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The decision of the Authority follows:
52 FLRA No. 7
FEDERAL LABOR RELATIONS AUTHORITY
AMERICAN FEDERATION OF GOVERNMENT EMPLOYEES
U.S. DEPARTMENT OF THE NAVY
NORFOLK NAVAL SHIPYARD
August 20, 1996
Before the Authority: Phyllis N. Segal, Chair; Tony Armendariz and Donald S. Wasserman, Members.
I. Statement of the Case
This matter is before the Authority on an exception to a supplemental award of Arbitrator Jerome H. Ross filed by the Union under section 7122(a) of the Federal Service Labor-Management Relations Statute (the Statute) and part 2425 of the Authority's Regulations. The Agency filed an opposition to the Union's exception.
In the supplemental award, the Arbitrator denied the Union's motion for attorney fees. For the following reasons, we conclude that the Union has not established that the award is deficient under section 7122(a) of the Statute. Accordingly, we deny the exception.
II. Background and Arbitrator's Awards
The grievants were involuntarily downgraded pursuant to a reduction in force (RIF) and were accorded grade and pay retention for a period of 2 years from the date of the RIF. Approximately 1 year after the RIF, the Agency filled bargaining unit positions at the grade level of positions from which the grievants were downgraded. The Union filed a grievance protesting the Agency's failure to accord the grievants priority consideration for the positions. In his original award, the Arbitrator found that, as the grievants had been accorded grade and pay retention, they were entitled under an Agency regulation that had been negotiated with the Union to priority consideration for the disputed positions. The Arbitrator concluded that the Agency's failure to accord the grievants priority consideration violated that regulation and, as his remedy, ordered the Agency to accord the grievants priority consideration for the disputed positions.
Subsequently, the Union filed a request for attorney fees with the Arbitrator, which was opposed by the Agency. In the supplemental award, the Arbitrator stated that the question before him was:
[W]hether an award of back pay has been issued for the purposes of qualification for attorney fees under the Back Pay Act?
Supplemental Award at 3.
The Arbitrator found that, because his original award granted the grievants only priority consideration for the disputed positions, and did not require the Agency to appoint the grievants to the positions, the grievants "d[id] not qualify for back pay under the Back Pay Act." Id. at 5. Therefore, the Arbitrator denied the Union's request for attorney fees.
A. Union's Contention
The Union asserts that the "mere fact [that] the grievants . . . may not receive actual backpay is irrelevant" to determining whether they are entitled to attorney fees. Exception at 3. According to the Union, "some of the grievants will be repromoted as a direct result" of the award, id., and a denial of fees on the ground that backpay is not now payable is inconsistent with Maney v. Department of Health and Human Services, 637 F. Supp. 1128 (D.D.C. 1986) (Maney).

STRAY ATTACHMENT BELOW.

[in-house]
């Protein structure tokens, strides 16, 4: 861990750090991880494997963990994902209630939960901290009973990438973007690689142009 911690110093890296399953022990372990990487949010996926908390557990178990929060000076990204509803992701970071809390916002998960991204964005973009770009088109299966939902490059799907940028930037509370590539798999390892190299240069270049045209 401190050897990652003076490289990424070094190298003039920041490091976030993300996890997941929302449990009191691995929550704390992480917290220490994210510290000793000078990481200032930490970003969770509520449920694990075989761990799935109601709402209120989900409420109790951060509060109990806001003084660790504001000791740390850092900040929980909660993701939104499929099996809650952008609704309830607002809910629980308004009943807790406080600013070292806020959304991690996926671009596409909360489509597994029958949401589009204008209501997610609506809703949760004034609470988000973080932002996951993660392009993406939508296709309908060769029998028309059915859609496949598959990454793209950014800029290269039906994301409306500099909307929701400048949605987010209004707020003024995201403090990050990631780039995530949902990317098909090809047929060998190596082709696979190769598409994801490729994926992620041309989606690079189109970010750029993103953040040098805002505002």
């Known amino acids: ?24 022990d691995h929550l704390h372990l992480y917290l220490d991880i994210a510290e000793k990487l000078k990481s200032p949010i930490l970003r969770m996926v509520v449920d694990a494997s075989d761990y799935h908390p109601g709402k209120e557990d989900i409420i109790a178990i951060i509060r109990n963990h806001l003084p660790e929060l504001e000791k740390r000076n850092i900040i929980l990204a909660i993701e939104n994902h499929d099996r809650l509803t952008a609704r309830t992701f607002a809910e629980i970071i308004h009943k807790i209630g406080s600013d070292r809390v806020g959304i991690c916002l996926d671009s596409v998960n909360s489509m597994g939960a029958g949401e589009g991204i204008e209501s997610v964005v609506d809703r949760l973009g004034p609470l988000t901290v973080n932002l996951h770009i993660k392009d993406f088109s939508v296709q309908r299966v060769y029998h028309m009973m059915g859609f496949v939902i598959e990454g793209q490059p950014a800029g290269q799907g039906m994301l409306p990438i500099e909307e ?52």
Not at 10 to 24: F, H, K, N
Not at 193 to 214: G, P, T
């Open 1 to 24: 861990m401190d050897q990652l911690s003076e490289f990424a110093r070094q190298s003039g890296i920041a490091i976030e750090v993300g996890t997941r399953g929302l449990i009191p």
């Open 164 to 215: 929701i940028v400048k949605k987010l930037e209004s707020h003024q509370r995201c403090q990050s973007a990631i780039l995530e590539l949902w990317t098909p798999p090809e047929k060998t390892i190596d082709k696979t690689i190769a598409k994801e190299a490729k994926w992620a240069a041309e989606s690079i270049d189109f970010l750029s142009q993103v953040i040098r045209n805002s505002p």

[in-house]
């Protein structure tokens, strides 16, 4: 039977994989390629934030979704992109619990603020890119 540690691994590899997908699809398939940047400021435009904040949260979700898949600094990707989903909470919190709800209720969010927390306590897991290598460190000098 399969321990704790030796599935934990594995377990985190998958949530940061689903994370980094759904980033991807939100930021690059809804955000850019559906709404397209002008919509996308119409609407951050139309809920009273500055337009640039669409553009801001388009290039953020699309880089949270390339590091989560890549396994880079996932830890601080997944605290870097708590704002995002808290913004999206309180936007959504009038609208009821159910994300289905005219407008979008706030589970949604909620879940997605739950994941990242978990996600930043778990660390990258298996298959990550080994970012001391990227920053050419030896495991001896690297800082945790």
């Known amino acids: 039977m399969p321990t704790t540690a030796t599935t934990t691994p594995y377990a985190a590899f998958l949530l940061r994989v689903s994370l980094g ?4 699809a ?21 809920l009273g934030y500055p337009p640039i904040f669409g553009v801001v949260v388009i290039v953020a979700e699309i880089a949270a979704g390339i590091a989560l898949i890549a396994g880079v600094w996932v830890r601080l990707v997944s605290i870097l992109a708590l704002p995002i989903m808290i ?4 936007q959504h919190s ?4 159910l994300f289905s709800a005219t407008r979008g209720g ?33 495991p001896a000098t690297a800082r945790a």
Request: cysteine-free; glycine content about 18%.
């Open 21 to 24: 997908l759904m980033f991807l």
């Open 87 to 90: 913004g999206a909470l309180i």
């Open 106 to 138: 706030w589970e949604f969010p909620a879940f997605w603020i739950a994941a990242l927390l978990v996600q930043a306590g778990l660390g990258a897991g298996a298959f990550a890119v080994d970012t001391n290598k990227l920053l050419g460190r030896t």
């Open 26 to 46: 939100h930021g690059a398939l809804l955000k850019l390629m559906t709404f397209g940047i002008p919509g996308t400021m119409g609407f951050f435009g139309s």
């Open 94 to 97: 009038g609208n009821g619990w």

B. Agency's Opposition
The Agency argues that, in the absence of backpay, no award of attorney fees can be granted. The Agency contends that the possibility of future losses is not equivalent to backpay.
IV. Analysis and Conclusions
A threshold requirement for an award of attorney fees under the Back Pay Act is a finding that a "grievant was affected by an unjustified or unwarranted personnel action that resulted in the withdrawal or reduction of the grievant's pay, allowances, or differentials and a grant of such pay, allowances, or differentials." American Federation of Government Employees, Local 2419 and U.S. Department of Health and Human Services, National Institutes of Health, Division of Engineering Services, Maintenance Engineering Branch, 50 FLRA 128, 130 (1995) (citation omitted).
In this case, the Arbitrator ordered the Agency only to provide the grievants priority consideration; the Arbitrator did not award backpay. As the grievants were not awarded backpay, the Arbitrator properly concluded that they were not eligible for an award of attorney fees under the Back Pay Act. See id. In this regard, we reject as unsupported the Union's assertion that the award may be construed as encompassing backpay based on the possibility that implementation of the award may result in a future benefit to one or more of the grievants. Moreover, the Union's reliance on Maney in this regard is misplaced. In Maney, the court concluded that the resolution of a grievance filed over an employee's performance rating -- the agency's agreement to raise the rating -- directly resulted in retroactive increases in, among other things, the employee's pay. In this case, it is not disputed that the resolution of the grievance -- the Arbitrator's original award of priority consideration -- resulted in no monetary benefit to the grievants.
The Union's exception is denied.
(If blank, the decision does not have footnotes.)